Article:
Michael Scelfo (Alden & Harlow, Waypoint, Longfellow) talked about how he always wanted to be a chef. In 2001, he and his wife moved to Boston from New York and Mr. Scelfo became an executive chef in Arlington, Massachusetts. The restaurant opened in July and two months later, received a three-star review from the Boston Globe. He was 28 at the time and thought he had hit a home run. In September of that year, however, the restaurant closed and his wife was pregnant with twins. He worked multiple foodservice jobs between 2002 and 2005 but was fired from them all because he wouldn’t take directions. He found another restaurant job that gave him insurance because he had another child on the way, but this particular job was unsatisfying because the scope of what he could create was limited. Mr. Scelfo worked at that restaurant every day for three years but quit because they would not let him take one day off to see his son being born. He took another job in the financial district but he still was only cooking American food basics. He would go home and write menus at night, but nobody would give him the chance to bring them to life. In 2009 he decided to work in a small restaurant in Cambridge where he could be creative and it went extremely well. He opened his own restaurant before age 40 and loves how the possibilities are now endless.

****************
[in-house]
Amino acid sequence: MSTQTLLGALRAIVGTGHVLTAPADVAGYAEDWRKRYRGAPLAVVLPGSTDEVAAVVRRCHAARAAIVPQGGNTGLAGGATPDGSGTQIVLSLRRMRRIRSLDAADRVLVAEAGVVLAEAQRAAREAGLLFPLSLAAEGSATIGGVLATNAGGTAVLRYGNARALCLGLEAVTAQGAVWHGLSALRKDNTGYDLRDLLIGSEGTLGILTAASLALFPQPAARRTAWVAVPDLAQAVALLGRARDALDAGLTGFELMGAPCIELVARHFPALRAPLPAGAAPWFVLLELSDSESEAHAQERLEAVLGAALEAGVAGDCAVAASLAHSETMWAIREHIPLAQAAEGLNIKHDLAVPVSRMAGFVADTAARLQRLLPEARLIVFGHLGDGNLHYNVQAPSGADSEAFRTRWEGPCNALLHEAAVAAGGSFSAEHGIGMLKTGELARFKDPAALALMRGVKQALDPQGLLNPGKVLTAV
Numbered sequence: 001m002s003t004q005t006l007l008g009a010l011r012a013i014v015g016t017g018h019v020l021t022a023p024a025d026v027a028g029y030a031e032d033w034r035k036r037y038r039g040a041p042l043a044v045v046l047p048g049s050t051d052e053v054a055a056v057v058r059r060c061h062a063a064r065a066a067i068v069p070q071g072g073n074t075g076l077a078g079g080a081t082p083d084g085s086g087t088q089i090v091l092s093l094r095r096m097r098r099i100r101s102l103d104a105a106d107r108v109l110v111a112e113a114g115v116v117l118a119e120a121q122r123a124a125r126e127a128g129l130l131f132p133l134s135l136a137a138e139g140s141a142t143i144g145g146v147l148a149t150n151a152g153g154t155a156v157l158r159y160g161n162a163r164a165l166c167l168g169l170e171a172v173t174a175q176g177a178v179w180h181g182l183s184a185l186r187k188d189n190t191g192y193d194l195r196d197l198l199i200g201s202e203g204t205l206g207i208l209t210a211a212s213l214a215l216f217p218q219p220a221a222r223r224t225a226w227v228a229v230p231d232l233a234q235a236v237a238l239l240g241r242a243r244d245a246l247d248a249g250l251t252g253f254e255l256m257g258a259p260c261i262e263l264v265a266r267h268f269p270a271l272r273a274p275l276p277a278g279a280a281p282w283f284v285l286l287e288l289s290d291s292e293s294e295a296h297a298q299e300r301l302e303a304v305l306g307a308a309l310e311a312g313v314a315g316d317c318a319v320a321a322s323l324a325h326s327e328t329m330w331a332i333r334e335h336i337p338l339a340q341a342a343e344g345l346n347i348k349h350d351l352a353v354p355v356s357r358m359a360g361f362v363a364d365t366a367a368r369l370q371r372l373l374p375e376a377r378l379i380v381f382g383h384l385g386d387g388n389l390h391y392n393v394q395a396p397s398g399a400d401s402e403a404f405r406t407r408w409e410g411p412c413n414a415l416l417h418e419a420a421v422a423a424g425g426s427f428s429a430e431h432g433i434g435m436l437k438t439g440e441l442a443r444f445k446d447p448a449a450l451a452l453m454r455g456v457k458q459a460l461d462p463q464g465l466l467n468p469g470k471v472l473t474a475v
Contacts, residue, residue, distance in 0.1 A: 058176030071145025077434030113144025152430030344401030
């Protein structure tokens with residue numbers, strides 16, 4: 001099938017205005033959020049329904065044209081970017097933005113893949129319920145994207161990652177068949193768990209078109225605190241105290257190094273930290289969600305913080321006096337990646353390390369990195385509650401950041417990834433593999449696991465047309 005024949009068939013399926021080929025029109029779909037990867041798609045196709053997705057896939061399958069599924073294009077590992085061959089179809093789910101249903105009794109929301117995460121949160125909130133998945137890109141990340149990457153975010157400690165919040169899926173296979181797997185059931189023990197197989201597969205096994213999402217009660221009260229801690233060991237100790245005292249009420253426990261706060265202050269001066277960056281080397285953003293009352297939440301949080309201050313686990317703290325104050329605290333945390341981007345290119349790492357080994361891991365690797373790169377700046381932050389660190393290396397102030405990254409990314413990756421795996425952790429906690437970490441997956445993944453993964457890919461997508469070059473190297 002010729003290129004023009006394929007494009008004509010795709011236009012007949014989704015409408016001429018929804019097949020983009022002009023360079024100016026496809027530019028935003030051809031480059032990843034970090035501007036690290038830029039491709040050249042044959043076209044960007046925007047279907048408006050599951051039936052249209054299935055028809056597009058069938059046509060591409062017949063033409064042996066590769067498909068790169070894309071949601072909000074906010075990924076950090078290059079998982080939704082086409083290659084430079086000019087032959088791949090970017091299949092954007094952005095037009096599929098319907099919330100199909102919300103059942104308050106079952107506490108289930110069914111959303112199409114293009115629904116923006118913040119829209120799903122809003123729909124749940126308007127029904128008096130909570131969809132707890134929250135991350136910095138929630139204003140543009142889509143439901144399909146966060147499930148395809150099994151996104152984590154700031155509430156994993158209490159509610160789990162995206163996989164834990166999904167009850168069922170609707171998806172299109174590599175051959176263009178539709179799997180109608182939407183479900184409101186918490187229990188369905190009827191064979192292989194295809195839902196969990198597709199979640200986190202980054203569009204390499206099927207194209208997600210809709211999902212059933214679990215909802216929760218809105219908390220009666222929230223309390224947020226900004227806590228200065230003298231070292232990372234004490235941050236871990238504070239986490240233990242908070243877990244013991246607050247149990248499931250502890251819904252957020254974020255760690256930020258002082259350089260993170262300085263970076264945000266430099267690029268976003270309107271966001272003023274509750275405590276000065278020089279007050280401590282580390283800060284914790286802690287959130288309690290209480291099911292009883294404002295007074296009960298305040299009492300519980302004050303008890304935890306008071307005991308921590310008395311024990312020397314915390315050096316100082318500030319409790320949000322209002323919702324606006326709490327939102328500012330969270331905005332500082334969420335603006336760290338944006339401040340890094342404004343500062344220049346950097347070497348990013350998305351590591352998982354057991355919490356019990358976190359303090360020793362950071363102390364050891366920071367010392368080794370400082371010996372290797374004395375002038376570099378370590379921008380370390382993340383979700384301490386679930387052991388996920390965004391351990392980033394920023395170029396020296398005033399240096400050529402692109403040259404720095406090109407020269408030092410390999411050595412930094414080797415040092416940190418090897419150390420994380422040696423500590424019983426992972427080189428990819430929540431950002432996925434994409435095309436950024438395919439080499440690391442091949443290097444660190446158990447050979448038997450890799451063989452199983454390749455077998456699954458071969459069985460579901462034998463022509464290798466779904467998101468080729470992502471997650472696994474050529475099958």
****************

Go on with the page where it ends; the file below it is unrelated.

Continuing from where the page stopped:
Tony Maws (Craigie on Main, Kirkland Tap & Trotter) said that he has gone through almost everything people had discussed in the panel. As a business owner, his staff looks up to him whether or not he deserves it. It’s his responsibility to report to investors, work with the crews, and make sure the food is coming out right. Mr. Maws said that his biggest failure was that he was mean to everyone and although he recognized this bad habit, he didn’t do anything about it. He was getting awards and people were going to the restaurants but his staff didn’t like him. He was ego-driven. It was impacting his business because he was losing opportunities and key employees. He felt that the only way to be successful was to do everything his way.  He eventually convinced himself that the business wouldn’t suffer if he relinquished some control and let others have a say. Now, he looks forward to going to work and seeing his staff. It has been a powerful transformation.

Kristen Kish (formerly chef de cuisine at Menton, Top Chef) opened up about how she has dealt with anxiety and depression her whole life and struggles with judgment and self-worth. These habits started at a young age. As she has grown, she has become more aware of how these habits impact her life in an unhealthy way. After graduating from culinary school and moving to Chicago, she struggled with drug and alcohol abuse. She spent some time at home in Michigan before moving to Boston. She still struggles with questioning her self-worth every day, but when she finds herself feeling this way, she switches the narrative. She reminds herself that she is fulfilling her responsibilities and making money, and that everything is okay.

These chefs really opened up at this event and showed the audience that even though everything looks good from the outside, everyone has their own struggles. Regardless of the industry, we will face challenges that seem insurmountable but we have to keep in mind that there is always a light at the end of the tunnel. We are so grateful to Andrew Zimmern and all the chefs that spoke at this event, and hope to see them again next year!